A lawsuit that has been filed against dentists accusing them of sexual harassment has not only included employees who work in the office, but patients as well. These claims often include offensive statements and innuendos, as well as inappropriate, unwelcome, and unlawful sexual harassment and conduct, such as touching and lewd gestures. Employers have a duty to prevent and remedy harassment, and yet, unfortunately, like many other cases where concerns are reported, the response is often both inappropriate and illegal, when employees’ concerns are dismissed and they are told that they can leave.
In some cases, the dentists have even fired the employee for refusing their advances. In these cases, sexual harassment is actually a form of discrimination based on sex/gender, which means that employment discrimination issues are also often involved. Not only do employees often face retaliation for reporting sexual harassment, but significant emotional harm, as well. In these cases, if a clinic and/or LLC employs the dentist and fails to stop the sexual harassment, the litigation can focus on its culpability as well.
Sexual Harassment Violates New Jersey Anti-Discrimination Law
If those who have been subjected to sexual harassment in the workplace do not stand up and do what is right, it affects everyone. Employers who engage in sexual harassment not only create a hostile work environment, but also violate the New Jersey Law Against Discrimination by engaging in harassment, discriminatory intimidation, and retaliation by firing employees when they refuse to respond in a particular way to their sexually inappropriate advances. In addition, a single act of harassment can be sufficient to constitute an unlawful act.
Am I Being Sexually Harassed at Work?
Sexual harassment in the workplace, including dental offices, covers a wide range of behaviors and mistreatment, including but not limited to:
- Treating employees of a certain gender differently, such as paying them less or failing to promote them.
- Making unwelcome innuendos, jokes or conversation that make a person of a certain gender or orientation feel uncomfortable.
- Objectifying an employee based on their appearance.
- Sending emails or images of a sexual nature.
- Making unwanted physical contact such as patting, touching, or rubbing.
- Subjecting persons of a certain gender to increased scrutiny, criticism, and harassment, or otherwise making their workplace uncomfortable.
- Sexual advances or propositions, including suggestions of trading advancement for sexual favors, commonly known as quid pro quo sexual harassment.
- Verbal or physical abuse.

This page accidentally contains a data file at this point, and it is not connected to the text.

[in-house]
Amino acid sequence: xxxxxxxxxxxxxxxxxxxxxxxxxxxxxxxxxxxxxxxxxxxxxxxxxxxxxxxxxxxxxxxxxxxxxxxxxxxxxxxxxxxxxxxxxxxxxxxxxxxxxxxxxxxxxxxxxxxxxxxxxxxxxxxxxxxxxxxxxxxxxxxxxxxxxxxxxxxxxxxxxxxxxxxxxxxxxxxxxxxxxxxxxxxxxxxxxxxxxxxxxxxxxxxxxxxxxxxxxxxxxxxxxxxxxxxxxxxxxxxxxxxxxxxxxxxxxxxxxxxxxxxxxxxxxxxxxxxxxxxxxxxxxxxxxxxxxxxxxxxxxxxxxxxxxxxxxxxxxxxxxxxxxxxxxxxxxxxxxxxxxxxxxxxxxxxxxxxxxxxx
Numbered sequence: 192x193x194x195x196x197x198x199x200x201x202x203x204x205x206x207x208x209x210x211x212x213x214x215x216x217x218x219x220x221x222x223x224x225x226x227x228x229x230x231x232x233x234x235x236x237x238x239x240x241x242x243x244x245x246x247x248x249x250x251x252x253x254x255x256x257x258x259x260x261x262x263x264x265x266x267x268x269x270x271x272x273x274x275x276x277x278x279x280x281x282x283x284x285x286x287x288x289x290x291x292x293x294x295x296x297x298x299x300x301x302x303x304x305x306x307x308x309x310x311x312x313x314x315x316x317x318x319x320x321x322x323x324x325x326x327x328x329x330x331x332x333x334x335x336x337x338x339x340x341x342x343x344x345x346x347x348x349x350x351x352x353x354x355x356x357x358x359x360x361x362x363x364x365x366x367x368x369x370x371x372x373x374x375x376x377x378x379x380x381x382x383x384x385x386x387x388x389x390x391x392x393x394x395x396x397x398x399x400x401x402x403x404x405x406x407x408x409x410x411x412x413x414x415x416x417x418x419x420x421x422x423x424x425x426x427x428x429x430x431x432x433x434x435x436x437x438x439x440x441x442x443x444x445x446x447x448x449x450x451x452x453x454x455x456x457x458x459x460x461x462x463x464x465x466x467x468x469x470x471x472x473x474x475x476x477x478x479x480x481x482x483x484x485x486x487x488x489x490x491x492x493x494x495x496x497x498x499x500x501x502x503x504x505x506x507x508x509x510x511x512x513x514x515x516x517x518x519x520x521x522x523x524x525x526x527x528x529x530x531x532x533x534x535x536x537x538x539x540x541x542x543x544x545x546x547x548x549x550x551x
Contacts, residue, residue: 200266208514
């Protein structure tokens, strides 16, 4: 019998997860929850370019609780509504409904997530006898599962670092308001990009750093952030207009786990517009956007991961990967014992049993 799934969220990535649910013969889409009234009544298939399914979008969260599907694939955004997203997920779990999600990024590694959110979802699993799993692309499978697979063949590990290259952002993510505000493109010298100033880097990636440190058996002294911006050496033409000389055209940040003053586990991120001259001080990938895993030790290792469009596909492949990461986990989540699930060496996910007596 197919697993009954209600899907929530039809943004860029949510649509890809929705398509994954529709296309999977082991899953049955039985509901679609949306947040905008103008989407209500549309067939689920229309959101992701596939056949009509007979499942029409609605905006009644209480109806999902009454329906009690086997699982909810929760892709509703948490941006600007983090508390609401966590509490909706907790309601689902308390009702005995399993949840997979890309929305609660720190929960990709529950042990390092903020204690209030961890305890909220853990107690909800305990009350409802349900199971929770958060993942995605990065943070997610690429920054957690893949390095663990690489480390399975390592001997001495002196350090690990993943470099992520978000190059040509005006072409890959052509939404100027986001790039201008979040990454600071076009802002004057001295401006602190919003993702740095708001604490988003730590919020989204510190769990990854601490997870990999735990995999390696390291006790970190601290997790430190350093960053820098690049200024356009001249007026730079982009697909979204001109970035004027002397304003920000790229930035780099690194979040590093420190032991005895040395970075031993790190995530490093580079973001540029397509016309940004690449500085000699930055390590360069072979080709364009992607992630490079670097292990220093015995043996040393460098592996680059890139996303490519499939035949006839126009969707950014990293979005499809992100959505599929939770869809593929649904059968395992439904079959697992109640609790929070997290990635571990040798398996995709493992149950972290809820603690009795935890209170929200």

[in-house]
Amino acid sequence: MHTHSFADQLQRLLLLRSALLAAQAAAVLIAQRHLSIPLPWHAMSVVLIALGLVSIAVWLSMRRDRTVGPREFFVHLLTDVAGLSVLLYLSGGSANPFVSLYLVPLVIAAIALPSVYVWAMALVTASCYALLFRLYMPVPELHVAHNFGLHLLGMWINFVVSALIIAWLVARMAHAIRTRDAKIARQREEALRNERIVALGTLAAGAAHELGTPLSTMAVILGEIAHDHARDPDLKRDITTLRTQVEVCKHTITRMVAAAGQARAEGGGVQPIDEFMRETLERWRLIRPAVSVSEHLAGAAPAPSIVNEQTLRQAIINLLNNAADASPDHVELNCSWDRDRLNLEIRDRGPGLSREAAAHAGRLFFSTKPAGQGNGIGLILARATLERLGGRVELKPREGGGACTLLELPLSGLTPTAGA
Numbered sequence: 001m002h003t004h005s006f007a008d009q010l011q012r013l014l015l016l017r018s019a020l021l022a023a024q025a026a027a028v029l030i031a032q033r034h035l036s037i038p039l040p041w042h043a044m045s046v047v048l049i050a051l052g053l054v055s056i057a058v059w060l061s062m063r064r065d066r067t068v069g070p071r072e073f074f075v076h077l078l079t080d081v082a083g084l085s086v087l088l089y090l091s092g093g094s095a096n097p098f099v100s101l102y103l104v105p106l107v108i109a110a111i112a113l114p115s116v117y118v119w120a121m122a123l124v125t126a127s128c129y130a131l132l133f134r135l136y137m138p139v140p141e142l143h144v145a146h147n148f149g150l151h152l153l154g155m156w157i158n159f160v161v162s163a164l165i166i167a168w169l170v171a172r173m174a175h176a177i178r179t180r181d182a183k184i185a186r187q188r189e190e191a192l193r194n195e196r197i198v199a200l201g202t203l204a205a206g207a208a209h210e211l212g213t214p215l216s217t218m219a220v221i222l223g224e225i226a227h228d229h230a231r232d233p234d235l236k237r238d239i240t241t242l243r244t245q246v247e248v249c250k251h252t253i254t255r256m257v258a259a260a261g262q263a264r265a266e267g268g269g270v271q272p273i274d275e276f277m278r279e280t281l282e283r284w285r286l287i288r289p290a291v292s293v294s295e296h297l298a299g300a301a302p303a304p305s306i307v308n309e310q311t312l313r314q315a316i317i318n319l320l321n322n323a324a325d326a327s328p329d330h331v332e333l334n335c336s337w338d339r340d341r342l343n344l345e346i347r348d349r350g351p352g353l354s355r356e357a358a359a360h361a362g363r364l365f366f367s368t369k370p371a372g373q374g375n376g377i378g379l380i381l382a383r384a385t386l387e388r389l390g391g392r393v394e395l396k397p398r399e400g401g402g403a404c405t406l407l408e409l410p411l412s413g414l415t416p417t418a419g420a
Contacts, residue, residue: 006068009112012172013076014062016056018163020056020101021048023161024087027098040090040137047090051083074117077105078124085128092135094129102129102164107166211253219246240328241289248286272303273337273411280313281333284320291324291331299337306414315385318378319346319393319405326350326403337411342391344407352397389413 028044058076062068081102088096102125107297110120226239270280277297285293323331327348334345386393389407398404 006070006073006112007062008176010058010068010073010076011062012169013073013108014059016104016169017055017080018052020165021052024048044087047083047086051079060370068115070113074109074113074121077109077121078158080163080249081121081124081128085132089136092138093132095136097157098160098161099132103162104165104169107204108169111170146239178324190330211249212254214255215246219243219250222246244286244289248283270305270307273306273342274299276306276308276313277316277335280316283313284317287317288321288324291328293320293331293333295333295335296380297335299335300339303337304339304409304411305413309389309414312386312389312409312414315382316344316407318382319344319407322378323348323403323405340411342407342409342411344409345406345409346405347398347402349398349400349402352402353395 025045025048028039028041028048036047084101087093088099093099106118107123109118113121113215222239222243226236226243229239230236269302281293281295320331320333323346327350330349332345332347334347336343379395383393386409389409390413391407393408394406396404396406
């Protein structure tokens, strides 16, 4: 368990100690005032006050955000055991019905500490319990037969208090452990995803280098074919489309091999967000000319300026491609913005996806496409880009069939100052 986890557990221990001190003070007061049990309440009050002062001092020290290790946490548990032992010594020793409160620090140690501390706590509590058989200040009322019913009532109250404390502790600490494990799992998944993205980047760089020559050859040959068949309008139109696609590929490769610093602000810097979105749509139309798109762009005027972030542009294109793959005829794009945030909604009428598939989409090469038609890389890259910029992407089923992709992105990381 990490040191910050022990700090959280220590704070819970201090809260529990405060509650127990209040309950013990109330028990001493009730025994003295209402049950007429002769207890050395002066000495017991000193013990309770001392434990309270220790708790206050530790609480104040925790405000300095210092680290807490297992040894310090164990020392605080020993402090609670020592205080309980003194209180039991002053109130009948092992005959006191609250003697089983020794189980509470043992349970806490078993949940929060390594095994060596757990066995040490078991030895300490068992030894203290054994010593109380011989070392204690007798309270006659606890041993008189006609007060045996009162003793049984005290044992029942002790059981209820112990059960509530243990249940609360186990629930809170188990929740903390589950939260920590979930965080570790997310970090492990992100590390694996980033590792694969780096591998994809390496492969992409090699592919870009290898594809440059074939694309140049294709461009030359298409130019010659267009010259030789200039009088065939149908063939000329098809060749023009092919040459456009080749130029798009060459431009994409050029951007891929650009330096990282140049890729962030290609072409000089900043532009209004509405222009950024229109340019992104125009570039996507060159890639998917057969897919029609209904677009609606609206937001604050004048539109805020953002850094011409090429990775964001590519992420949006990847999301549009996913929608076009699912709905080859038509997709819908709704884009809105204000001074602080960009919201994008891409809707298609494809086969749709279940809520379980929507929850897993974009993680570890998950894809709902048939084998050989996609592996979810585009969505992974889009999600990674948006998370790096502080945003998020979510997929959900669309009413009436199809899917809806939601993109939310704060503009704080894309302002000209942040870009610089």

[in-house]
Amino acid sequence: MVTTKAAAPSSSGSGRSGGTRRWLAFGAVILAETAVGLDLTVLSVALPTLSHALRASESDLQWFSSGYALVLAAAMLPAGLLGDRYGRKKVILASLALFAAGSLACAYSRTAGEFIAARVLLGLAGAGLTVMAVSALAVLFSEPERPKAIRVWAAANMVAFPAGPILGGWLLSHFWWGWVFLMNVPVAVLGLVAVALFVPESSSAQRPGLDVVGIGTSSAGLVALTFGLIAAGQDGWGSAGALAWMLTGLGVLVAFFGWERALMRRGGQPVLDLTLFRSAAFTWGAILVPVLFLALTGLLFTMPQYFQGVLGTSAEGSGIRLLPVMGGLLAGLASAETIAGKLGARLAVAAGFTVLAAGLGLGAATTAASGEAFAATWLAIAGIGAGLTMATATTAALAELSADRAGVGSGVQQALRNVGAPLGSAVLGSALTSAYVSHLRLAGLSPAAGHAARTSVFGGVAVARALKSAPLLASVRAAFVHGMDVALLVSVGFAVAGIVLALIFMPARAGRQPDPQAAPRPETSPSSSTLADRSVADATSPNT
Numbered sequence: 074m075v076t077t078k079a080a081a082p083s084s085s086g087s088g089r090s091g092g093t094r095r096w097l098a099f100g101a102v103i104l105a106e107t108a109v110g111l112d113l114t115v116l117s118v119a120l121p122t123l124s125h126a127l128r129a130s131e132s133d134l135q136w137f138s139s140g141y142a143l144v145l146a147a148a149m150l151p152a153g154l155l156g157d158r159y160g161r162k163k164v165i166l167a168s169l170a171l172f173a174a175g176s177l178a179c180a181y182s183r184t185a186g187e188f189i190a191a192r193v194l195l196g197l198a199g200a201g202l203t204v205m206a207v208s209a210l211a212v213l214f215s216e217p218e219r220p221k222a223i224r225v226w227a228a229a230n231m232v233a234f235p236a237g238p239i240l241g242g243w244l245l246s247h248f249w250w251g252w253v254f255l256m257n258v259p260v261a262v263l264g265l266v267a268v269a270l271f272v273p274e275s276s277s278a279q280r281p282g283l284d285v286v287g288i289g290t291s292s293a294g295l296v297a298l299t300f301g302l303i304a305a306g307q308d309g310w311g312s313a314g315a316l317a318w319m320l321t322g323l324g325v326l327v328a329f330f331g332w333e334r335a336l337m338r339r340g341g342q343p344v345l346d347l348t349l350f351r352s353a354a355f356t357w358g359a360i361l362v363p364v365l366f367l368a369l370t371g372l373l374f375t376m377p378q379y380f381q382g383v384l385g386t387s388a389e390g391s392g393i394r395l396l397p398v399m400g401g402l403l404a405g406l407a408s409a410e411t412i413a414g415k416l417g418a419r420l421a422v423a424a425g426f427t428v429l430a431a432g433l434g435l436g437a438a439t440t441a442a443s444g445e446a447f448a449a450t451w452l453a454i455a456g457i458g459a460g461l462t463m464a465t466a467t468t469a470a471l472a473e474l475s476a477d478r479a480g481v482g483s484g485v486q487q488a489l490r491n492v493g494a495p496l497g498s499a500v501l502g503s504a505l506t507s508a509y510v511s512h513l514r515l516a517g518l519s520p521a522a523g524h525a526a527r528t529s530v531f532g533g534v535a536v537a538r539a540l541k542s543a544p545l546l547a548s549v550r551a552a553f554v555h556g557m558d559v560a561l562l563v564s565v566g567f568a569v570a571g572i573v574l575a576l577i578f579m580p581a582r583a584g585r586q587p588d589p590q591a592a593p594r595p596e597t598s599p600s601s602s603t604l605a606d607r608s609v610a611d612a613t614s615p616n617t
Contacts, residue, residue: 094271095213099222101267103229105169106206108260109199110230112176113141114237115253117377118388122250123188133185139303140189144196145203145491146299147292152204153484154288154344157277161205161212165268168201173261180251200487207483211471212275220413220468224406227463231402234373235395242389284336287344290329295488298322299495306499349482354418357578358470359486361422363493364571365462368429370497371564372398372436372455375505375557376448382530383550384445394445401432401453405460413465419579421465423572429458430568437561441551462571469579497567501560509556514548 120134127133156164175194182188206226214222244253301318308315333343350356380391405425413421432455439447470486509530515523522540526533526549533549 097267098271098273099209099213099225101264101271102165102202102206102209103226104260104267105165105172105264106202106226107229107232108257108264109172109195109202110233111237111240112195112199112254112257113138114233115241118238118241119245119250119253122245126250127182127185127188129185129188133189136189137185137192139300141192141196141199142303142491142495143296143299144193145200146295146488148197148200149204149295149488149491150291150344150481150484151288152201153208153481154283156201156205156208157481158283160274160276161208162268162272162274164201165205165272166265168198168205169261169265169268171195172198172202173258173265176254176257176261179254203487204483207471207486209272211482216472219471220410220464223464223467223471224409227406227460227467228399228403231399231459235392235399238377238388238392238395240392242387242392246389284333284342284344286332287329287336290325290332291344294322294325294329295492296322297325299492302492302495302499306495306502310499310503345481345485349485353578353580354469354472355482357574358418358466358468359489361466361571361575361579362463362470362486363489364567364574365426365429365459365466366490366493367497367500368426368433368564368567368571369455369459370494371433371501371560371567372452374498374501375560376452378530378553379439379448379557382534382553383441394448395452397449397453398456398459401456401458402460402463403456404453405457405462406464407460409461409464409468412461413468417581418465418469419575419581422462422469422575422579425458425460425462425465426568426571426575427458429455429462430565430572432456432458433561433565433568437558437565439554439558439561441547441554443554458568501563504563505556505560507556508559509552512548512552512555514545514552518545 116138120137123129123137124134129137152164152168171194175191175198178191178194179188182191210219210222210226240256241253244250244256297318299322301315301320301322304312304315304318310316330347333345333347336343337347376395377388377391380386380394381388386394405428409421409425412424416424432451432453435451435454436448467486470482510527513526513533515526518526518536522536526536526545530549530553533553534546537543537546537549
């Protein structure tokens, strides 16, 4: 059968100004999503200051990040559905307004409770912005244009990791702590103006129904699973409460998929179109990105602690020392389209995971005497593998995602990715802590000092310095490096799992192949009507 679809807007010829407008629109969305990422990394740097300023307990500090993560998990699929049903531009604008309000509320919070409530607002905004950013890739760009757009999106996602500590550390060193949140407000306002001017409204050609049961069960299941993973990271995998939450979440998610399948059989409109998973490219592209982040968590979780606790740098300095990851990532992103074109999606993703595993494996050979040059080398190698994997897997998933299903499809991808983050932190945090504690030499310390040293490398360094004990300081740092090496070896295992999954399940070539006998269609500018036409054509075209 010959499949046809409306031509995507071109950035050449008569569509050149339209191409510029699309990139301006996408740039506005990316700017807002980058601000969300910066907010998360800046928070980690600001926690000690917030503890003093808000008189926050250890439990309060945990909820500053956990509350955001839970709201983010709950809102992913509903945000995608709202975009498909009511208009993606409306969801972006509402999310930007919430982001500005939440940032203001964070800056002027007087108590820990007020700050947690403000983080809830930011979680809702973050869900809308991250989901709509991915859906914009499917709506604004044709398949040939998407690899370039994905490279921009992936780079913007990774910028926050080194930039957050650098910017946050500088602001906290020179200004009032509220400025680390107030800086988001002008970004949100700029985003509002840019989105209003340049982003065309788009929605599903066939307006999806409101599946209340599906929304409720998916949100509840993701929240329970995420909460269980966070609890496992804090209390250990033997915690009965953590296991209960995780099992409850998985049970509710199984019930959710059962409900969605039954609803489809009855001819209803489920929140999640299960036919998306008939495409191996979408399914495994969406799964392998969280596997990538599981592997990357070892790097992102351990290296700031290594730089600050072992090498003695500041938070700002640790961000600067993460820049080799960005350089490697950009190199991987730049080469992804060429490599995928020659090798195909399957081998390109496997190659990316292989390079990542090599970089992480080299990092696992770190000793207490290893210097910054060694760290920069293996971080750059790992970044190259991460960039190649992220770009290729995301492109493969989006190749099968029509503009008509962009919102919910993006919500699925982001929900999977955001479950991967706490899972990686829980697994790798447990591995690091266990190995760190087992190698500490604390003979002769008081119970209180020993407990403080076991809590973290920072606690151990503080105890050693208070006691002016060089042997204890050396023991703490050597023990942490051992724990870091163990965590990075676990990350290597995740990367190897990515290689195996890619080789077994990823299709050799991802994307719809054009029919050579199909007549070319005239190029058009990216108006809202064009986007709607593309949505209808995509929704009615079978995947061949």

- Using sexist slurs or comments.
- Terminating or disciplining an employee in retaliation for making a complaint about sexual harassment.
- Harassment of LGBT employees.
Nini v. Mercer County Community College, 202 N.J. 98, 109 (2010); Lehmann v. Toys ’R’ Us, Inc., 132 N.J. 587, 600 (1993) .
Sexual harassment decreases workplace morale, diminishes the dignity of employees, and can cause significant damage to the personal well-being and career of a harassed employee. Sexual harassment victims may suffer economic damages, such as lost past and future wages, and may also suffer significant emotional damages such as anxiety, depression, humiliation, shock, sleeplessness, and post-traumatic stress disorder (PTSD). Fearful of losing their jobs, many victims endure the abuse. For this reason, sexual harassment is significantly under reported.
Types of Harassment Recognized by the Courts
The courts in New Jersey have recognized two specific categories of sexual harassment claims, including:
- Quid pro quo: When an employer makes an employee’s submission to their sexual advances a condition of their employment
- Hostile work environment: When the employer harasses an employee to the point where the work environment becomes hostile
Employers can be held liable for damages when it comes to supervisory sexual harassment, and this includes punitive damages if willful indifference or active participation by upper management was involved. In addition, employees who have been harassed and subjected to discrimination like this can seek compensation due to emotional distress, loss of employment, and loss of past and future wages.
Retaliation After Sexual Harassment in the Workplace
Employees should not have to fear speaking out against harassment. It is illegal for any employer to terminate, discipline, or otherwise retaliate against an employee who reports, complains, files a charge, or participates in an investigation regarding sexual harassment. This applies to both internal and EEOC claims. If you complained about harassment and were fired, denied privileges, or demoted as a result, you may be able to file a separate sexual harassment retaliation charge.
N.J.S.A. §10:5-12(d); Craig v. Suburban Cablevision, Inc., 140 N.J. 623, 639-630 (1995).
If You Have Been Sexually Harassed as an Employee of a Dental Office, Contact McOmber McOmber & Luber for Help
If you have been the victim of sexual harassment in the workplace, including dental offices, as an employee, contact the dedicated sexual harassment and retaliation recovery attorneys of McOmber McOmber & Luber today to find out how we can help ensure that these wrongs committed against you are addressed.
For more information, please call our offices in Red Bank, New Jersey at 732-842-6500, in Marlton, New Jersey at 856-985-9800, or in Newark, New Jersey at 973-878-9040.